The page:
Unlike the chaotic, disorderly Q4 market selloff which saw the worst performance by professional investors since the financial crisis, there was an almost resigned acceptance to the sharp drop in stocks in the days after Trump reignited the trade war a little over a week ago. There may be a simple reason for that: while it has been duly noted that for much of 2019 investors had refused to rush into risk assets, over the weekend JPM estimated that both institutional and retail investors were as long stocks as they were ahead of the Q4 bear market crash. However, there is one difference - unlike six months ago, this time investors were hedged.
According to the latest Bank of America Fund Manager Survey which took place in the May 3-9 period, and which polled 250 panelists who manage $687BN in AUM, a record 34% of investors said they have taken out protection against a sharp fall in equity markets over the next three months, the highest level ever on an absolute and net basis (net -21% say they have taken out protection).
Yet while skeptical investors are only dipping their toe in a rally they don't trust, only thanks to record downside hedges, BofA's CIO Michael Hartnett notes that while investors are well-hedged, they are not positioned for a trade deal breakdown, and the full "risk-off." Meanwhile, the BofA strategist sees rising recession risks, Fed cuts, GT10 <2%, SPX <2600, CNY >7 among the possible market and policy responses.
Furthermore, as predicted two days ago when we noted that while trade war was the #1 "tail risk" over past year, said "fear" peaked in July'18, and we said we "expect this to quickly change when the latest Fund Manager Survey is released", and sure enough, in the latest FMS, the #1 tail risk is once again "trade war", only with far more enthusiasm: +29 points. According to BofA, this was the "biggest MoM jump in Trade War (+17ppt) as top "tail risk" since June to July 2018 (+29ppt); now topped the charts for 11 of past 12 survey" but still concerns about trade war risks remain well below the peak of 60% in Jul'18. Give it a few more months.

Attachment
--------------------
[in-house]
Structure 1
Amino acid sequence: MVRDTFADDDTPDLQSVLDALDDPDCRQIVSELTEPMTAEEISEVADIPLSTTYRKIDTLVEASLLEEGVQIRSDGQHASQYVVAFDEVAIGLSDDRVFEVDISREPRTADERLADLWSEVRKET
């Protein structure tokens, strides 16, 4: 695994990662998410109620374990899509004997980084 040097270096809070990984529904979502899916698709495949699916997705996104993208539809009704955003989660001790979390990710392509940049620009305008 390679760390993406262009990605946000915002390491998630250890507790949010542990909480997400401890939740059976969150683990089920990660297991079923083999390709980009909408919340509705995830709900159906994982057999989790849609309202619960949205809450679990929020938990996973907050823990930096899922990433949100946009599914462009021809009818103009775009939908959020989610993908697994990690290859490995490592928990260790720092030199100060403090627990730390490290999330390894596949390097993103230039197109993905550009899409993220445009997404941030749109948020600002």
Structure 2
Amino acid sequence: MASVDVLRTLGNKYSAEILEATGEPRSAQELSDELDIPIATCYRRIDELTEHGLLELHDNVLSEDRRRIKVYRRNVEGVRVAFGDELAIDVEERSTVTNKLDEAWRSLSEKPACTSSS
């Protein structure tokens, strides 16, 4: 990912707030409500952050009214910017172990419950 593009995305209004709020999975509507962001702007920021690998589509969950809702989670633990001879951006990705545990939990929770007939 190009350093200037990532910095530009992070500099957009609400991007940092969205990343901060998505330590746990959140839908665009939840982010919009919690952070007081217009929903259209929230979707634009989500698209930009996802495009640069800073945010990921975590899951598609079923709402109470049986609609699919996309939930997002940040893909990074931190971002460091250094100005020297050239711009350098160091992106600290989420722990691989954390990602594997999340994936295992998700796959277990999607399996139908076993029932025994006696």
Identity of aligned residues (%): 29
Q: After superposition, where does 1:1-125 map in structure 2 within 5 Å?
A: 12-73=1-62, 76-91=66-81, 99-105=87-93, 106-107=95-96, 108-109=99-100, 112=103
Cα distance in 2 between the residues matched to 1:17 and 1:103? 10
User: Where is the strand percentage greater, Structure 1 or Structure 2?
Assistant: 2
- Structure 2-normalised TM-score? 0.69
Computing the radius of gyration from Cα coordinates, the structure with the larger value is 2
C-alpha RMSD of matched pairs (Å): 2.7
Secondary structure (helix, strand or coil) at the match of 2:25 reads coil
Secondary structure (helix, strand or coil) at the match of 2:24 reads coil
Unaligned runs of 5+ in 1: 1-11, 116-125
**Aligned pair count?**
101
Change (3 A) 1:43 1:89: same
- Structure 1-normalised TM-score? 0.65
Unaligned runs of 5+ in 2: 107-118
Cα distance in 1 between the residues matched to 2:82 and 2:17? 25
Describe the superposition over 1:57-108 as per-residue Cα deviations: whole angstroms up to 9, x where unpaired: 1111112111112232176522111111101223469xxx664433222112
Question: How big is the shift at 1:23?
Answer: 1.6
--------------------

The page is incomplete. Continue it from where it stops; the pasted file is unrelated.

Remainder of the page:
Looking at that other, just as notable indicator from the monthly survey, namely what investors thinks are the "most crowded trades"...
... the response in May was #1 "long US tech", #2 "short EU stocks", #3 "long US$"...
... and sure enough, SOX -12%, FAANG -10%, EUR unch, Bitcoin $5k to $8k past 2 weeks.
Another interesting question was where do most professional investors expect the Fed to cut rates: the answer 2305 on the S&P 500 according to the average response.
And yet, only 4% of investors believe US 10-year Treasury yield drops <2% over the next 12 months (vs. 70% say 2-3% range, 21% say >3%); meaning that very few investors are positioned for even lower rates.
When asked what they would rather see corporations do with funding, investor interest in corporate deleveraging was near a record high of 46% vs. just 12% who want buybacks and 34% desire capex; Of course, in a market where buybacks are the only source of margin stock demand, the risk is that corporate deleveraging becomes self-fulfilling.... Or as Hartnett notes, credit spreads remain the best recession "tell".
Looking at the broader economy, global growth expectations hold flat with 5% of FMS investors expecting growth to weaken over the next 12 months, well above recent low of 60% in Jan'19 (consistent with 2000/01 & 2008/09 recession levels).
With fewer investors expecting growth contraction, it was perhaps to be expected that inflation expectations continued to rise, up 6% MoM to 38% expecting higher global CPI next 12 months... but still well below 70% in Nov'18.
At the same time, global profit expectations continue to rebound, rising 15ppt to just 1% saying they will deteriorate in the next 12 months, a 9-month high; note Jan'19 low of 52% expecting deteriorating profits as worst outlook since Dec'08.
What does this mean for stocks? According to Hartnett, investors are currently longs US stocks, EM, discretionary, tech, banks, and all are threatened if key technical levels cannot hold this week (e.g. SPX 2775 & IG CDX 70); As BofA also notes, EPFR flow data shows Friday largest day of EM equity redemptions since Jun'18.
Finally, putting it all together, Hartnett writes that "no trade deal means post-FMS investor mood has soured significantly (incoming all on HK peg breaking, bank CDS, retest Dec lows…);" Yet with the BofAML Bull & Bear Indicator at 5.1 means that "Investors see little reason to ‘buy in May’ unless the 3Cs – credit, the consumer, and China – quickly surprise to the upside."